hurting children CAN develop empathy (adoption/foster)

empathy

If your child was diagnosed with RAD, attachment disorder, PTSD, oppositional defiance disorder, or if there weren’t any diagnoses, but your child was neglected or abused, you may feel they won’t develop empathy. Heck, you may have even been told that your child will never show empathy.

It’s not true.

I know I brag about my daughter, Payton, in different posts, but there’s a reason. She was diagnosed with numerous disorders at a very young age, but she has come so far, she surprises us continually. I write about what she’s like to give parents hope. By sharing the attributes Payton possesses,

my hope is that you would see the positives in your children. 

Payton consistently shows empathy for others. She cares when I’m not feeling well (but my health isn’t good, so it’s nothing different when I’m feeling poorly). She regularly shows compassion for her brother, who has Autism. She understands and has empathy for all he is unable to do (for the most part, he is unable to communicate his desires, likes, and needs).

Once in a while there are situations that happen outside our home that really stand out and show her ability to empathize with others. The other day, Payton shared something that happened to her friend at school. The teacher asked Ashley* to get up in front of the class and point to the helicopter in a picture. Ashley pointed to buildings and people, everything EXCEPT the helicopter. Payton said, “Good job,” while the rest of the kids laughed. Throughout the day this took place, she mentioned it a few times, saying she was sad the kids had laughed at her friend.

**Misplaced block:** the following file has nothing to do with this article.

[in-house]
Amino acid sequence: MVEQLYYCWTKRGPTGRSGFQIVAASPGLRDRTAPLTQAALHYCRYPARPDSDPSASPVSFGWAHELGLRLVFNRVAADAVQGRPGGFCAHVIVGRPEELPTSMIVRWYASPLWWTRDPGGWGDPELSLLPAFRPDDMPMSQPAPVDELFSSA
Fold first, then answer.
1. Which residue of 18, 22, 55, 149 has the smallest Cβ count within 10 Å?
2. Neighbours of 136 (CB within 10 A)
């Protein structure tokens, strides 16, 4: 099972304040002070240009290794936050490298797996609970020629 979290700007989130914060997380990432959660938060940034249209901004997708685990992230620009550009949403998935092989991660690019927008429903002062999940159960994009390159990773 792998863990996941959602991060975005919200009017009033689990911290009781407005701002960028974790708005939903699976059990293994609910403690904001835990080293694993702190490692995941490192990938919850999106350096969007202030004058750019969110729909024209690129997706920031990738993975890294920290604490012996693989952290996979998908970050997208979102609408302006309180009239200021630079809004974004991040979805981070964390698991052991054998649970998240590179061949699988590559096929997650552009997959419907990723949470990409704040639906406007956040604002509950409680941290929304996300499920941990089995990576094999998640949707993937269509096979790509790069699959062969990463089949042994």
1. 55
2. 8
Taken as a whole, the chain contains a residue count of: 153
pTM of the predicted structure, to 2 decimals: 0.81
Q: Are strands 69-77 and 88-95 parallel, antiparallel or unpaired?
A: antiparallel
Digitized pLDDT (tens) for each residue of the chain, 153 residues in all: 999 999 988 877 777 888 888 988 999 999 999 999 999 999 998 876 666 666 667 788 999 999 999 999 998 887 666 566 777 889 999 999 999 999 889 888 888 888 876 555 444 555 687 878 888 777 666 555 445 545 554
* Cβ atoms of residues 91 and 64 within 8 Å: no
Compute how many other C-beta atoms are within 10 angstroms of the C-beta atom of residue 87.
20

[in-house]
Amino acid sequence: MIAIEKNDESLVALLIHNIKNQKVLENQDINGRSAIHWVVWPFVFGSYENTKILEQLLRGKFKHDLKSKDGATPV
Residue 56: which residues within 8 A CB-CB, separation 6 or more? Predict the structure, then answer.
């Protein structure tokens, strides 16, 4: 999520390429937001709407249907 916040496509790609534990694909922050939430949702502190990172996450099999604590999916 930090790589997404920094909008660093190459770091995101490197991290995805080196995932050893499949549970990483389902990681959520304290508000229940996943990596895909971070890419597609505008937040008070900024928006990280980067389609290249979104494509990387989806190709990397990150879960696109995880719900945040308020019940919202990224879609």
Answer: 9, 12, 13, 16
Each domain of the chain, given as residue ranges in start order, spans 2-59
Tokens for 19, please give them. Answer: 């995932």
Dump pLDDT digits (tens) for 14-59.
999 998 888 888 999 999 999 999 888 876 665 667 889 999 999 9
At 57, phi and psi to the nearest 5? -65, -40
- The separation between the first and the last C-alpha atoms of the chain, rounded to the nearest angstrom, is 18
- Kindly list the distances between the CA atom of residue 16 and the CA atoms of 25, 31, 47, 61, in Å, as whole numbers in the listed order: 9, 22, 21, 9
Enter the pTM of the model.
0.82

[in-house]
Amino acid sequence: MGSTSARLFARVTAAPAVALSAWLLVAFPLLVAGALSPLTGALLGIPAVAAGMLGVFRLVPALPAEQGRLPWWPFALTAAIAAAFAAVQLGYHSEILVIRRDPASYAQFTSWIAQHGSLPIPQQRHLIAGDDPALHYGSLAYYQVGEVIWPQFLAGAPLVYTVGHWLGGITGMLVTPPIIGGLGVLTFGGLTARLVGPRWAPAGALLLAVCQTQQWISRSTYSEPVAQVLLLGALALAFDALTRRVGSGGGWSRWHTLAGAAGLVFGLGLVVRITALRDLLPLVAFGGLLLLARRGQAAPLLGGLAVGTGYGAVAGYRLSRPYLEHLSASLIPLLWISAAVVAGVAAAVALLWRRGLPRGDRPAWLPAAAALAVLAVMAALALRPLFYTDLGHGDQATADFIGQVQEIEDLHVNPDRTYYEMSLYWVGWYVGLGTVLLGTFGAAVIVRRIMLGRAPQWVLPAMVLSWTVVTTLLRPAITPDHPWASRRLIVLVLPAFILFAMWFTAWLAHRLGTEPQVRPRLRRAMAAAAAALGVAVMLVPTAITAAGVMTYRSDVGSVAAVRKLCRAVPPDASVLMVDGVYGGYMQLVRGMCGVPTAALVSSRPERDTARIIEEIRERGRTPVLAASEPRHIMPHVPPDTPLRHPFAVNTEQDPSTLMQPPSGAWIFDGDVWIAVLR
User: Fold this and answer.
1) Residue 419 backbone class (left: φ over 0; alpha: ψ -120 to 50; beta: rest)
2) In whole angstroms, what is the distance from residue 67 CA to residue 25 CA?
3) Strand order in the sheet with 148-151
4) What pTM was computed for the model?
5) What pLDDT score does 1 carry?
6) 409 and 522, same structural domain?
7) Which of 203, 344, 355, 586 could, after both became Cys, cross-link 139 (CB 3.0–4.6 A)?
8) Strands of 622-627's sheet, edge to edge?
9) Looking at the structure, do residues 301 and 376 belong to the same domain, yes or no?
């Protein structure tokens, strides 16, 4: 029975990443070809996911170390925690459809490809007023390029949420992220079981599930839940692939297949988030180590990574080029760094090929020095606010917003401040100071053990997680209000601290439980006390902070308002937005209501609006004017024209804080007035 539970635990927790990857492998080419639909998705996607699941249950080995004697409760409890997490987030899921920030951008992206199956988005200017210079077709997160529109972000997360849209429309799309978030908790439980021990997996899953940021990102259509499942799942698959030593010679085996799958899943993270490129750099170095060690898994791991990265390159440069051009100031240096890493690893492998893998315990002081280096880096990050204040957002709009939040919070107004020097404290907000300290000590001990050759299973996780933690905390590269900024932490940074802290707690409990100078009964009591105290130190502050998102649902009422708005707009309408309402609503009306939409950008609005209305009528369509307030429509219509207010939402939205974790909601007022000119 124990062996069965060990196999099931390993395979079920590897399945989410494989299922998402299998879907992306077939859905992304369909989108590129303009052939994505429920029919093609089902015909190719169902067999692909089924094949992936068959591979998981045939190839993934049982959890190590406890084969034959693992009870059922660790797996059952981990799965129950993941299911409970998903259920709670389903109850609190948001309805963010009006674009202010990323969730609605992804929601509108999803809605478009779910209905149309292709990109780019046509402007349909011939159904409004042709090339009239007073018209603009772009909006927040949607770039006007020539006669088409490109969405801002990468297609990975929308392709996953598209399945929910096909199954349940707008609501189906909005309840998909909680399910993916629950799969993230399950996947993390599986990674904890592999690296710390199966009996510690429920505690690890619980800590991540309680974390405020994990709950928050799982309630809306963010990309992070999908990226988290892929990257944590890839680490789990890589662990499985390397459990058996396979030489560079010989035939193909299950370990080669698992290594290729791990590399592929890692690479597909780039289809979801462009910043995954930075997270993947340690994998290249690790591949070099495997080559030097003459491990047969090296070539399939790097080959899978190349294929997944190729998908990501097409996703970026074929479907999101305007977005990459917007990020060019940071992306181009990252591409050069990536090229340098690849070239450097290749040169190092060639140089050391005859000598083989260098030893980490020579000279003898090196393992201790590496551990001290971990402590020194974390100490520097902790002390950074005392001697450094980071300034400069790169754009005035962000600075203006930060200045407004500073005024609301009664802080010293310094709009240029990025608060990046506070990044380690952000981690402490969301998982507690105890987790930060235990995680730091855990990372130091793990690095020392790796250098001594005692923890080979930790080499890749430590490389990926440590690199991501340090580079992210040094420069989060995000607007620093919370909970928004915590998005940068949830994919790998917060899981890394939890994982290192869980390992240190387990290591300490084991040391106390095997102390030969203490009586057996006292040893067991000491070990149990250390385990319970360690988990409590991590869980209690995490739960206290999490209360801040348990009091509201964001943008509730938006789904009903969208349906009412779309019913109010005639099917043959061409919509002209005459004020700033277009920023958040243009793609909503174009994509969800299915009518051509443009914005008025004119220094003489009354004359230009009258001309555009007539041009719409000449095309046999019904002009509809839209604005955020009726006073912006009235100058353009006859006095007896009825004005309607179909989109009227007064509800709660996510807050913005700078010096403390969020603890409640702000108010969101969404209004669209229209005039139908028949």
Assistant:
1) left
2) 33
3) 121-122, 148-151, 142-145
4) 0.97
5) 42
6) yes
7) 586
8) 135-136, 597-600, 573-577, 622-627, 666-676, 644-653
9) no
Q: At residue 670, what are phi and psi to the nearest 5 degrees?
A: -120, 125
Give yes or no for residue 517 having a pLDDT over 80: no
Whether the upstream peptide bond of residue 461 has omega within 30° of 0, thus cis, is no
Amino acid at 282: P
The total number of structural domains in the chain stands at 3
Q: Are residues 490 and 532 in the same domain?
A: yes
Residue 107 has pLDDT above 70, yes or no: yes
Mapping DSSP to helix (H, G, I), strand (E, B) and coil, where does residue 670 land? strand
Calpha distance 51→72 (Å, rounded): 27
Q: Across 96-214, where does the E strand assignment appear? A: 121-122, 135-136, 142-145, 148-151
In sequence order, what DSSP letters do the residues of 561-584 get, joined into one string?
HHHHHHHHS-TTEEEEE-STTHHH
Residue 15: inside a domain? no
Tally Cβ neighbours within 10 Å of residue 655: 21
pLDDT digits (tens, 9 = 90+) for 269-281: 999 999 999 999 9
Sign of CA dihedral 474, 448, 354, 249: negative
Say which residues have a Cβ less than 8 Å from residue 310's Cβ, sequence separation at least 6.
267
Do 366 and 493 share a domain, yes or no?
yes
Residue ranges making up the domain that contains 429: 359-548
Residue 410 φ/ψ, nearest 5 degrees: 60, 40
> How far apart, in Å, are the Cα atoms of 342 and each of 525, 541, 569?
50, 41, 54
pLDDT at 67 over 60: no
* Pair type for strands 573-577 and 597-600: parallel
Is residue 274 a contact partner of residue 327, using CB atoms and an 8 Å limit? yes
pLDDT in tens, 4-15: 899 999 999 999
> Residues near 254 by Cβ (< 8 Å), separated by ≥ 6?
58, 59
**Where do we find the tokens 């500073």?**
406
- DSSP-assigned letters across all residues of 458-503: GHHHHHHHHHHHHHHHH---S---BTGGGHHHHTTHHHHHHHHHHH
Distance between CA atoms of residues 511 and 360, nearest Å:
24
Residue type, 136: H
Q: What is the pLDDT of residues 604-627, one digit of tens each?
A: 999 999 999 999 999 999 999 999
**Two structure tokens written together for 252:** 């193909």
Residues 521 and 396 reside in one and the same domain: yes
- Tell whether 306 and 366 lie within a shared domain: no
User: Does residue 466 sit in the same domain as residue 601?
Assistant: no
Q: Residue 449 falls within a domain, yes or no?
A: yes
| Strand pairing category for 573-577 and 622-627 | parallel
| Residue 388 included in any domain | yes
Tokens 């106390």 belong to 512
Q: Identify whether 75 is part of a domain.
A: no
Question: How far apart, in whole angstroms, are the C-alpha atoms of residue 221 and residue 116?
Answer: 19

There is hope that your child will care for others and not be self-consumed.

focusonpositive

Focus on any positive behaviors you notice, capitalize on them, talk about it with your child. As I say often, there is so much negative in your child’s life (their mind is consumed with it; anxiety, will these parents leave me, I’m not good enough, I’m bad, I can’t do anything right) we need to

fill it with positives.

What positive things has your child done lately? Have they done anything unexpected? Did you share with them how happy you were to see it?

*Name has been changed to protect privacy.

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putting the HOPE in HOPEless (adoption/foster)

You may wonder why I write this blog, why you should listen to yet another person who thinks they have an answer to helping hurting, traumatized kids. Why am I here? Because of what my daughter has come through, the great progress she has made.

I try not to flag my faith here. My faith in Jesus plays a pivotal role in my life, and sometimes it’s difficult to avoid talking about it. I don’t wave it in front of my readers because I want to welcome EVERY adopter, every foster parent, every parent of an Autistic child. I don’t want someone to read that I am a Christ follower and feel they will be judged or that what I say doesn’t apply to them, because that couldn’t be further from the truth. I welcome everyone here.

Why did I just go on a rabbit trail about my faith? Because I cannot attribute my daughters healing to anything other than God giving us wisdom in how to help her. I can’t credit the progress my son has made to anyone but God. Did He send down divine miracles that culminated in instant healing? Well, we’ve witnessed several miracles in our journey from fostering to adopting and beyond, but no, when it came to their psychological and physical selves, it was a process. A process that took our hard work and dedication. Sometimes God sent the answers quickly, and other times we were banging our heads, falling on our knees, asking Him to show us what to do. And He did! That’s the awesome part, the journey to healing.